Review of VITA's Organizational Structure and Staffing 

WHY WE DID THIS STUDY

The Appropriation Act directs JLARC to review and evaluate VITA on a continuing basis (Item 32 E. of Chapter 552, 2021 Acts of Assembly, Special Session I). As part of this ongoing oversight, JLARC members approved a motion in October 2020 for JLARC staff to review VITA’s organizational structure and staff. JLARC staff assessed VITA’s organizational structure and staffing related to its IT infrastructure responsibilities and IT oversight responsibilities.

ABOUT 

VITA is the Commonwealth’s consolidated IT agency and is responsible for providing infrastructure services to state agencies (such as laptops, internet and phone, and servers) and oversight of state agency IT functions (such as security, procurements, and project management). VITA was created in 2003 when the General Assembly enacted legislation consolidating the IT infrastructure and related staff of most executive branch agencies.

WHAT WE FOUND

VITA generally has a reasonable organizational structure

The Virginia Information Technologies Agency (VITA) is led by the chief information officer of the commonwealth (CIO) and three executives—a chief operating officer (COO), a chief information security officer (CISO), and a chief administrative officer (CAO)—who oversee 18 directorates. The organizational structure reasonably divides agency responsibilities, and there are no major problems with unclear or overlapping responsibilities. VITA staff generally believe the organizational structure is effective, and it is similar to the structure used by the two other states with multi-supplier IT infrastructure models. VITA staff also report that their directorates generally coordinate effectively, although agency staff need to coordinate better to develop new statewide IT services.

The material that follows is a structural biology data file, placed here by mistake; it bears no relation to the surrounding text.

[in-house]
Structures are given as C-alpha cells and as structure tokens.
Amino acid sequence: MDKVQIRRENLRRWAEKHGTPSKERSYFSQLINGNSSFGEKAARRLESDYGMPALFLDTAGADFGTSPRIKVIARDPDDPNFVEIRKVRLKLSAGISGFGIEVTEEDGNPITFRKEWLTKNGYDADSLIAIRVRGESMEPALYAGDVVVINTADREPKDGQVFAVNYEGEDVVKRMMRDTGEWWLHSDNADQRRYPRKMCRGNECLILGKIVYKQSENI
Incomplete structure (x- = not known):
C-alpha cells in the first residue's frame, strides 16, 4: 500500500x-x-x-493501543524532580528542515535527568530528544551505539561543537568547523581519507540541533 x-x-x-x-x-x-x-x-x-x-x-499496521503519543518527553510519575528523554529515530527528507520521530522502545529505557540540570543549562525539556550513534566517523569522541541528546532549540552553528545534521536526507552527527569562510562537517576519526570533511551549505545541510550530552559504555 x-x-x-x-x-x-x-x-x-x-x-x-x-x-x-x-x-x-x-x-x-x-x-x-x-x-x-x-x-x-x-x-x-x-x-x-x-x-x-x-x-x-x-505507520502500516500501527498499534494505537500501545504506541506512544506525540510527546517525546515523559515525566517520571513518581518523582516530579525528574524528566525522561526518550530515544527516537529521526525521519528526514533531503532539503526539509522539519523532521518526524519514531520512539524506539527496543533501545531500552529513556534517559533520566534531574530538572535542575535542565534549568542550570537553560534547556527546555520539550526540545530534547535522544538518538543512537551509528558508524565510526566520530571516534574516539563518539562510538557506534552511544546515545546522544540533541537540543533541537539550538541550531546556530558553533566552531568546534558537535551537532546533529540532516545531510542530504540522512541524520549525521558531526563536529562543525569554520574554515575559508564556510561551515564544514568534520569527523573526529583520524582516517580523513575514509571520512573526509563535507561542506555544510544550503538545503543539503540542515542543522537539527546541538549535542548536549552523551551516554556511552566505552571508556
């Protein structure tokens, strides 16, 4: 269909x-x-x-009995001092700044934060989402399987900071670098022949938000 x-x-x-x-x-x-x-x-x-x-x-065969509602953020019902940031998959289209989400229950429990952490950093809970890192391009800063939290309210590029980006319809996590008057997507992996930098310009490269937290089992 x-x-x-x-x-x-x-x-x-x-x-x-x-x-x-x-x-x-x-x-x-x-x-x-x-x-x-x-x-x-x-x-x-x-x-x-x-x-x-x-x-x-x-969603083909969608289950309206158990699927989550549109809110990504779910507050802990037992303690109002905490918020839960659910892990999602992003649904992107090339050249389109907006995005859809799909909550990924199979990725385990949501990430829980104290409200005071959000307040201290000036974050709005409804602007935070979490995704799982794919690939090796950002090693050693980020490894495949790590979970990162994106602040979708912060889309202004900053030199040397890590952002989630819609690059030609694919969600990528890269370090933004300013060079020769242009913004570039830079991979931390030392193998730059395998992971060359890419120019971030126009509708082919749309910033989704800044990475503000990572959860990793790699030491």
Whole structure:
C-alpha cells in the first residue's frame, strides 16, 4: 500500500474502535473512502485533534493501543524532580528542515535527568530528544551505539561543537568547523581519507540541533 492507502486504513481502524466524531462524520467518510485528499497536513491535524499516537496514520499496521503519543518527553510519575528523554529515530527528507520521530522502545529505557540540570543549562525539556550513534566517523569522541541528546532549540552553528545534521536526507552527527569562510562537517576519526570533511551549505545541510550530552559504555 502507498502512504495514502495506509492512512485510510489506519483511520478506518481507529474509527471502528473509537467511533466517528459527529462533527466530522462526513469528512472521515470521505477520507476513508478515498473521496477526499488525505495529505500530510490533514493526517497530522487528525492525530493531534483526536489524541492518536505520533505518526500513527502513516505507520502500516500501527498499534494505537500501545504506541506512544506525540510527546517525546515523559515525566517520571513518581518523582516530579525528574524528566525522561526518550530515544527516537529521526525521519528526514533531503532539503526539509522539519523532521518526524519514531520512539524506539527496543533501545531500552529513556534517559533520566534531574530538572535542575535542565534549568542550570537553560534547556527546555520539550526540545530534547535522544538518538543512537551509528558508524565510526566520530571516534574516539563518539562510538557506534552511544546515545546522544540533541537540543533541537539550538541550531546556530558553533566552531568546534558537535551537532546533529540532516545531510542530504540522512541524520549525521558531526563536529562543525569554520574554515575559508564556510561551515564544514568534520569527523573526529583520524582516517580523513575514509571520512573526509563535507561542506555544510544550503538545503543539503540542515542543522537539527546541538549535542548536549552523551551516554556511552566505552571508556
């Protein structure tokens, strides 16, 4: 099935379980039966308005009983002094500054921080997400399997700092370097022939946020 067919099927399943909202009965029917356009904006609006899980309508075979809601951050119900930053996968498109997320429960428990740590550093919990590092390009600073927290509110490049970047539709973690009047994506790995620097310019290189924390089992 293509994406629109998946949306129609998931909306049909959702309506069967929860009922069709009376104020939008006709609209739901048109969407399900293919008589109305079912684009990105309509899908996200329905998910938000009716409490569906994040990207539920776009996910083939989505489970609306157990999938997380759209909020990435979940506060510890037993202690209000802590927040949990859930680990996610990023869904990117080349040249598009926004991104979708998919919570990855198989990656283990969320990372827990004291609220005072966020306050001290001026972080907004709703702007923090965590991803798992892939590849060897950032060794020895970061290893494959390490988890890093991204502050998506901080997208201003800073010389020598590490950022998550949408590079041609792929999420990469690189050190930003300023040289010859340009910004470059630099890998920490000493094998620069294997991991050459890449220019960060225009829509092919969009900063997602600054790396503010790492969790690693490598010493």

VITA’s organizational structure creates potential conflicts of interest for the oversight of project management

VITA has responsibility for implementing its own projects and supporting customer agency IT projects, but VITA also has oversight of these projects to ensure they are managed appropriately. VITA’s project management oversight responsibilities are carried out by its project management division (PMD), which is organizationally placed several levels under the CIO.

PMD’s placement within a directorate under the COO creates the potential for conflicts of interest regarding VITA’s oversight of its own IT projects as well as customer agency projects. VITA staff who are responsible for implementing VITA’s own projects also report to the COO through a separate directorate. This could put the COO in the difficult position of determining how to prioritize conflicting operational and oversight goals and responsibilities. In addition, customer agency IT projects rely on VITA’s infrastructure services, which the COO oversees. If a customer agency’s IT project encounters problems such as delays or cost overruns, part of PMD’s role is to objectively identify the problems, including whether there are issues related to VITA’s infrastructure, and make recommendations for addressing them.